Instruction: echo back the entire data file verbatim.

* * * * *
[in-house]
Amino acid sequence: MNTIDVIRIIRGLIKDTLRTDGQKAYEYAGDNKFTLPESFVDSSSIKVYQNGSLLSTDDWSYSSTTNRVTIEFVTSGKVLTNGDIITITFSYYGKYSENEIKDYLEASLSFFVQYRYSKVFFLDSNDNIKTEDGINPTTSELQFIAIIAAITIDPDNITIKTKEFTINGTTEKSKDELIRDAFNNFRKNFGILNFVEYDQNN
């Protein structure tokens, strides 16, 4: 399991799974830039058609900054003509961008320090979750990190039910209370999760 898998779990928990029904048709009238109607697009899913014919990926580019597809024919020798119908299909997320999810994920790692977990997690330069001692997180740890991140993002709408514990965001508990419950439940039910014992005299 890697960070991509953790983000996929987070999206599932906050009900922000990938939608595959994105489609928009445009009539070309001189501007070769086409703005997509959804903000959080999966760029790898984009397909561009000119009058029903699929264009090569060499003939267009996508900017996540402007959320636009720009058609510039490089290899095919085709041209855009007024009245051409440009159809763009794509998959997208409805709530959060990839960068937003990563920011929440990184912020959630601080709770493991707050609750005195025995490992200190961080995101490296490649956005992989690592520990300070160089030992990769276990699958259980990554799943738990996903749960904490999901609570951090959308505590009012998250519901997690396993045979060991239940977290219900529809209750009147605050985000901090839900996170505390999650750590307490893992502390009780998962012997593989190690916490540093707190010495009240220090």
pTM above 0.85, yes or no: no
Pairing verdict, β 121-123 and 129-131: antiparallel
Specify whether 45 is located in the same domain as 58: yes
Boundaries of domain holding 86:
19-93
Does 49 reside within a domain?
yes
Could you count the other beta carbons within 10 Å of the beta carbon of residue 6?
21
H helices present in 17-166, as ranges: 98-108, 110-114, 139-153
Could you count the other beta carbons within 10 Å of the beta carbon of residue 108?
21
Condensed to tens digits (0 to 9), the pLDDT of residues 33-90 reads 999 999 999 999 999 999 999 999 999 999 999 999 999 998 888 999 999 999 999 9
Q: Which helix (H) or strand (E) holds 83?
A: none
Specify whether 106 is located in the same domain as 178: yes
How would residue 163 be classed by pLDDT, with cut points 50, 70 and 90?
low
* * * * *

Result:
[in-house]
Amino acid sequence: MNTIDVIRIIRGLIKDTLRTDGQKAYEYAGDNKFTLPESFVDSSSIKVYQNGSLLSTDDWSYSSTTNRVTIEFVTSGKVLTNGDIITITFSYYGKYSENEIKDYLEASLSFFVQYRYSKVFFLDSNDNIKTEDGINPTTSELQFIAIIAAITIDPDNITIKTKEFTINGTTEKSKDELIRDAFNNFRKNFGILNFVEYDQNN
């Protein structure tokens, strides 16, 4: 399991799974830039058609900054003509961008320090979750990190039910209370999760 898998779990928990029904048709009238109607697009899913014919990926580019597809024919020798119908299909997320999810994920790692977990997690330069001692997180740890991140993002709408514990965001508990419950439940039910014992005299 890697960070991509953790983000996929987070999206599932906050009900922000990938939608595959994105489609928009445009009539070309001189501007070769086409703005997509959804903000959080999966760029790898984009397909561009000119009058029903699929264009090569060499003939267009996508900017996540402007959320636009720009058609510039490089290899095919085709041209855009007024009245051409440009159809763009794509998959997208409805709530959060990839960068937003990563920011929440990184912020959630601080709770493991707050609750005195025995490992200190961080995101490296490649956005992989690592520990300070160089030992990769276990699958259980990554799943738990996903749960904490999901609570951090959308505590009012998250519901997690396993045979060991239940977290219900529809209750009147605050985000901090839900996170505390999650750590307490893992502390009780998962012997593989190690916490540093707190010495009240220090």
pTM above 0.85, yes or no: no
Pairing verdict, β 121-123 and 129-131: antiparallel
Specify whether 45 is located in the same domain as 58: yes
Boundaries of domain holding 86:
19-93
Does 49 reside within a domain?
yes
Could you count the other beta carbons within 10 Å of the beta carbon of residue 6?
21
H helices present in 17-166, as ranges: 98-108, 110-114, 139-153
Could you count the other beta carbons within 10 Å of the beta carbon of residue 108?
21
Condensed to tens digits (0 to 9), the pLDDT of residues 33-90 reads 999 999 999 999 999 999 999 999 999 999 999 999 999 998 888 999 999 999 999 9
Q: Which helix (H) or strand (E) holds 83?
A: none
Specify whether 106 is located in the same domain as 178: yes
How would residue 163 be classed by pLDDT, with cut points 50, 70 and 90?
low